Our Lord knows that this residual fear is what spoils our prayer, leads us to run the other way when we sense that presence. To fight against it, rather than to rest in it, and to speak to Him whose presence surrounds us wherever we go. And so He says on the night before He was nailed to the tree and lifted up as our ransom: “The Father Himself loves you, because you have loved me and believed that I cam from God.”
Do you get that? Do you let those words sink in? The Father Himself loves you. You don’t have to run away from Him. When you look to the Cross, when You see that Your Father loved you so much as to give His most precious treasure to forgive your sins, to blot out the accusations of the Law that were against you, to impart to you His own life as a free gift – then the running stops. The hiding stops. The ignoring of God stops. Looking at the Cross is what heals our fears.
We don’t have to wait until the game of hide and seek is over and we stand before the judgment seat. We can stand before the cross itself right now and see the judgment. And the judgment is that God loves us with a love that is unfathomable, unshakeable, and that His desire for us from the beginning has always only been that we share in His eternal love, that we receive from Him the gift of a love that never ends. We can look at the cross and see the judgment of God against all sin – the eternal death that we choose for ourselves when we run from Him and try to find life in the stuff of the creation. It’s all there. All borne. All answered for. All forgiven. And life is being reached us there. Life from the cross – His body and blood, here for you. The forgiveness of sins. The embrace of the Holy One which He gives not to destroy you, but to heal you forever.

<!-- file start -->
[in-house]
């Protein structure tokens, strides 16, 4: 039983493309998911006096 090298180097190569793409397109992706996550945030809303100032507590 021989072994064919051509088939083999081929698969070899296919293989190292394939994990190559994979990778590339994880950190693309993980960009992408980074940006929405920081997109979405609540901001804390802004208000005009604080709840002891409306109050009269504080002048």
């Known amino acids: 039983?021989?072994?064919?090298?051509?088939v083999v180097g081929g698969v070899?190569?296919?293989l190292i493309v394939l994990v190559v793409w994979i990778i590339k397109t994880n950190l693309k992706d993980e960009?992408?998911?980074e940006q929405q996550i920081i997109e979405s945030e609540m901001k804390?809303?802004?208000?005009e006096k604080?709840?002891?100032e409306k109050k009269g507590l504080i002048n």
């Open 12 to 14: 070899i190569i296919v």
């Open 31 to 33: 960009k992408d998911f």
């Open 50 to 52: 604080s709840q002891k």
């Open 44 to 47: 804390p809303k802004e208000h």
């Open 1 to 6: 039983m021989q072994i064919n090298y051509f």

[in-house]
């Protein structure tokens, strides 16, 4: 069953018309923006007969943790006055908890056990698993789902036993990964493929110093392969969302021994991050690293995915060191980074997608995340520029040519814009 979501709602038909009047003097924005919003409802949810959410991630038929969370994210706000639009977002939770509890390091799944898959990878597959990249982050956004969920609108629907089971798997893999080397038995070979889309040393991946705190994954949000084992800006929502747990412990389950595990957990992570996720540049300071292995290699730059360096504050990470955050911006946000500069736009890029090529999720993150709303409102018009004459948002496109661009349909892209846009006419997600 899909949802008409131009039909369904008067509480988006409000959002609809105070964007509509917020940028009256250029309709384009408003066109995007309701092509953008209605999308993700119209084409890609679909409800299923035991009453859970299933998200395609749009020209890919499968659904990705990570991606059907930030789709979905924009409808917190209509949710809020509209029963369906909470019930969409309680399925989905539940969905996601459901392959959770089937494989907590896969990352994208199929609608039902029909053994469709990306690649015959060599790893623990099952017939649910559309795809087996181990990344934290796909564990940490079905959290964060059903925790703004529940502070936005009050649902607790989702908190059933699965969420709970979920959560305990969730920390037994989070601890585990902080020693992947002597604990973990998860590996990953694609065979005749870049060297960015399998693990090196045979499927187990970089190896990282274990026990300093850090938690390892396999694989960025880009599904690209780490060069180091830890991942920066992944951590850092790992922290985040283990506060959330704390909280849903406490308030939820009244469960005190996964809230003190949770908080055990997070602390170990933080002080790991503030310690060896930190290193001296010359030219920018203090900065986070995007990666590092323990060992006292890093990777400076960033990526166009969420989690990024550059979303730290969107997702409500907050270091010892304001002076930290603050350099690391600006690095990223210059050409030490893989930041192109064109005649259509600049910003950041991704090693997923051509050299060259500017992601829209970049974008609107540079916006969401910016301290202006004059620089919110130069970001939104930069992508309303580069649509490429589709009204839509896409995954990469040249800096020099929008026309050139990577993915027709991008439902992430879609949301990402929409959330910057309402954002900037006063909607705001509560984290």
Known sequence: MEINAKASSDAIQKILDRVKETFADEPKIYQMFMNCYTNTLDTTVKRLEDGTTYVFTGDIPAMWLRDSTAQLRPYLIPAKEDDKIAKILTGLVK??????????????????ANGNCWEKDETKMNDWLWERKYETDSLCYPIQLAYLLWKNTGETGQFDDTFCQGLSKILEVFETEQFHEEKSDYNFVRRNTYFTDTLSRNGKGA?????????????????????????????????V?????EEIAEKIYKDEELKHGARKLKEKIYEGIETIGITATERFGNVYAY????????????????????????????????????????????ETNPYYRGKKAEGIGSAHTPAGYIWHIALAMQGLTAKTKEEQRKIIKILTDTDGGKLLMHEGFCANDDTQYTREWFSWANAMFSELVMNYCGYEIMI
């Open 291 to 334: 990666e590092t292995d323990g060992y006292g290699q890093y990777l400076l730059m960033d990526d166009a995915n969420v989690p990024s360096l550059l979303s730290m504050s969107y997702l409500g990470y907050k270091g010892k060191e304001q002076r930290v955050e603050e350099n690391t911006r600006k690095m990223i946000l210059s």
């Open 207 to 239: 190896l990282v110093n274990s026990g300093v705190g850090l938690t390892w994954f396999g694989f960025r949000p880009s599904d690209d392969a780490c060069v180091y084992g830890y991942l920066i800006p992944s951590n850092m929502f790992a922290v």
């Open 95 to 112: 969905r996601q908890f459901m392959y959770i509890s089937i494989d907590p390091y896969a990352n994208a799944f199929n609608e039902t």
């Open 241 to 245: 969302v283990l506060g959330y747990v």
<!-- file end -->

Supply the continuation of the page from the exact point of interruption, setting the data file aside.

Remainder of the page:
Beneath the cross as our true “tree of life” we see that God has never been against us – no matter how it seemed, no matter what fears Satan planted in our heart. For from before this creation, the Lamb was slain from the foundation of the world. At the heart of God has always stood the Cross – and He created us knowing that He would so redeem us to display for all the ages the glory and marvel of His love.
Stop the running, my friends. Stop living your days avoiding Him. Let your days be wrapped in prayer. For the One to whom you speak and ask for every good, is the One whose heart was opened for all the world to see on Golgotha, the One who gave His Son into death that you, the eternal object of His love, might have a life that does not end. Speak to Him! Come to Him in the name of His beloved Son, your eyes fixed upon His cross, and know that in the name of this Mediator and by the power of His Spirit every promise of God to you is “yes and Amen!” In Him you have nothing to fear.
The Rev. William Weedon is Pastor of Saint Paul Lutheran Church in Hamel, Illinois. Among his other pursuits, Pastor Weedon is committed to using (and encouraging others to use) the offices of daily prayer.
Created: April 26th, 2008